How has it been for you thus far? We are finally now in the last quarter of 2022 (somehow I’m starting to use this quarter thing more frequently because it is a pretty common term I use as part of my work), and I’m not sure if it is the time of the year to push for the last thing you want to strive for, reflect upon what you have done for the year and perhaps make some plans for 2023? Sadly, although I’m suggesting those 3 things, I am not fond of any of these and I prefer to live my life with complete freedom and autonomy, at least until that day I can’t be so spontaneous anymore. Ouch.
It has been about a month since I last published my last entry – which was a really brief sharing of what my post-covid visit to Japan was like. Guess what, shortly after I returned from Japan, the government announced that visa-free travel will be resumed approximately a month later, from October 11. In a way, I count myself lucky to have experienced what ‘non-visa free’ travel was like cause who knows, this unprecedented nonsense should not be happening again right? It was also a lovely experience to walk the streets of Tokyo knowing that locals were the vast majority and I believe my ask of ‘English?’ did scare and catch those service staff off guard (since they probably didn’t need to use English for more than 2 years). It was a short and lovely trip and I’m pretty sure I’ll be back in Tokyo soon (like next year I hope). Yes, I’ve been rather conservative and unadventurous about my travel plans in recent years because as I got older (and hopefully more mature), I no longer see it as a goal to visit every single country in the world. Neither do I want to force myself out of my comfort zone for the sake of ‘challenging’ myself and the ‘me’ right now, just want to do things that I want to do or feel like doing, with no pressure and ignoring comments from naysayers questioning me on my travel decision (i.e. haven’t I been bored of Japan/Korea?). No idea where that whole selfish ‘self-empowerment’ came from but I’m glad that my mind is now free to not be bounded by other people’s comments. (For now, at least.)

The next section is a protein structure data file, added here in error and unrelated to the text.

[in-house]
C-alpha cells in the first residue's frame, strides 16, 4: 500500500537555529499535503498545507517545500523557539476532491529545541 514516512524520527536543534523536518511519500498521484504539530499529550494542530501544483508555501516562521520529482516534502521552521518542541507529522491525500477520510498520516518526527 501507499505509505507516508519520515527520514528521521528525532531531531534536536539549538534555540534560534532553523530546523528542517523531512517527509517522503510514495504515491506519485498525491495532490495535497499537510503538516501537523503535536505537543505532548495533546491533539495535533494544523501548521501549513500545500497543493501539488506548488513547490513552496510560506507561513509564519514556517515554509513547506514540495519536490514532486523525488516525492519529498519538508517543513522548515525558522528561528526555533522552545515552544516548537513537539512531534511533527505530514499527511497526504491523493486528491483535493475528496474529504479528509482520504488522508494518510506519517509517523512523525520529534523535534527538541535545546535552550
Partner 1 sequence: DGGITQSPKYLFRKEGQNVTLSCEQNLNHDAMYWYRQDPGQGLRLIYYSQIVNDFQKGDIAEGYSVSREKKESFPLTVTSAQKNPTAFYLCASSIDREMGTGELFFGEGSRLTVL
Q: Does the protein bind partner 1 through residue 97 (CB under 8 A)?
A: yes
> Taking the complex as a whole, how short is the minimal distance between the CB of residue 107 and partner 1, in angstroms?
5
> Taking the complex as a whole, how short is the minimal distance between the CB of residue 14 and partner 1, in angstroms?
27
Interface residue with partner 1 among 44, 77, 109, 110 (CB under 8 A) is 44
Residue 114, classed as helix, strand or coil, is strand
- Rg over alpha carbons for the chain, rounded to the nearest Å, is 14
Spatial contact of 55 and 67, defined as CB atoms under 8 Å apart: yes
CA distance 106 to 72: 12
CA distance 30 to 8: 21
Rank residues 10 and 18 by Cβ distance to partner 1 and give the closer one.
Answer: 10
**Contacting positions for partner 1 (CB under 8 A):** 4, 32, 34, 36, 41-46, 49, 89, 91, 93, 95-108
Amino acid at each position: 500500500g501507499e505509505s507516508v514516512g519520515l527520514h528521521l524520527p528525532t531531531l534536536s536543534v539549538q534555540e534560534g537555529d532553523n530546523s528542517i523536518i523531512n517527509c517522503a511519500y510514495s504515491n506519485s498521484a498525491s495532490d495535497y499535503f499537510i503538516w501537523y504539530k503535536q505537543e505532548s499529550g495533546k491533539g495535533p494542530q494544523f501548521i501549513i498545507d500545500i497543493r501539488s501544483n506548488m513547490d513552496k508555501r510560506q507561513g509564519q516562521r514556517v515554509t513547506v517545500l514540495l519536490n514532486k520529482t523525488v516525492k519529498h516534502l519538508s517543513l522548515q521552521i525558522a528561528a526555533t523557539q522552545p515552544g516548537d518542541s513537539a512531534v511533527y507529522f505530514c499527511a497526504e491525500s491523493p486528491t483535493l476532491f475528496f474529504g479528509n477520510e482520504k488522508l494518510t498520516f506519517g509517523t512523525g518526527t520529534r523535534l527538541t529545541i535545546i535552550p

For the past few weeks (since my return from Japan), I’ve been itching for a next trip/holiday again and then I paused and started asking myself why was I so addicted to the travel bug. Post-Japan trip, I did have a few nights of emptiness from the travel vacuum of not having any planned trips and I started thinking about why and what was it that made me upset and want to travel so badly. There were several answers that came to me and I believe one of the reasons was that I was still living at home (with my parents). I think I’ve mentioned before in one of my earlier posts that in an asian family, it is very normal for kids to be staying with their parents until they get married and this happens for practical reasons and perhaps a sort of ‘filial piety’. While it is nice to be taken care of with the smallest touch ever (like preparing breakfast, and ensuring that I have water in my room), there are times that I wish I could own that responsibility of taking care of myself. That being said, as much as I don’t want them to do such small and minor things for me, I know they can in fact derive joy from doing those things. I derive joy from spending money to buy things that my parents like to eat and many times it is not because they can’t afford it but because they just don’t feel right that I should splurge and I guess it is the same for them. They probably derive joy from knowing that I am eating my favourite food or that I won’t feel thirsty at night and you know it is so hard to tell them to stop. Somehow this ‘comfort’ makes me miss the ‘discomfort’ and mess that could happen as a result of my decisions which happened whenever I am overseas alone, without my family. I think I felt it the most when I was in New Zealand for 9 months where I learned that my experiences were the outcome of my decisions (which could be stupid or wrong) at times. If I know I had to go to work at 6am the next day but still decide to hang out at my friend’s place till midnight? Well, the penalty that I had to suffer was 3-4 hours of sleep with gross unwashed hair plus yawning the next day at work. There are many household chores which require a lot of discipline and somehow if I get lazy and procrastinate on it, they will magically still be done so sometimes l miss having a tiny bit of disruption in my life which.. comes more often when I’m abroad.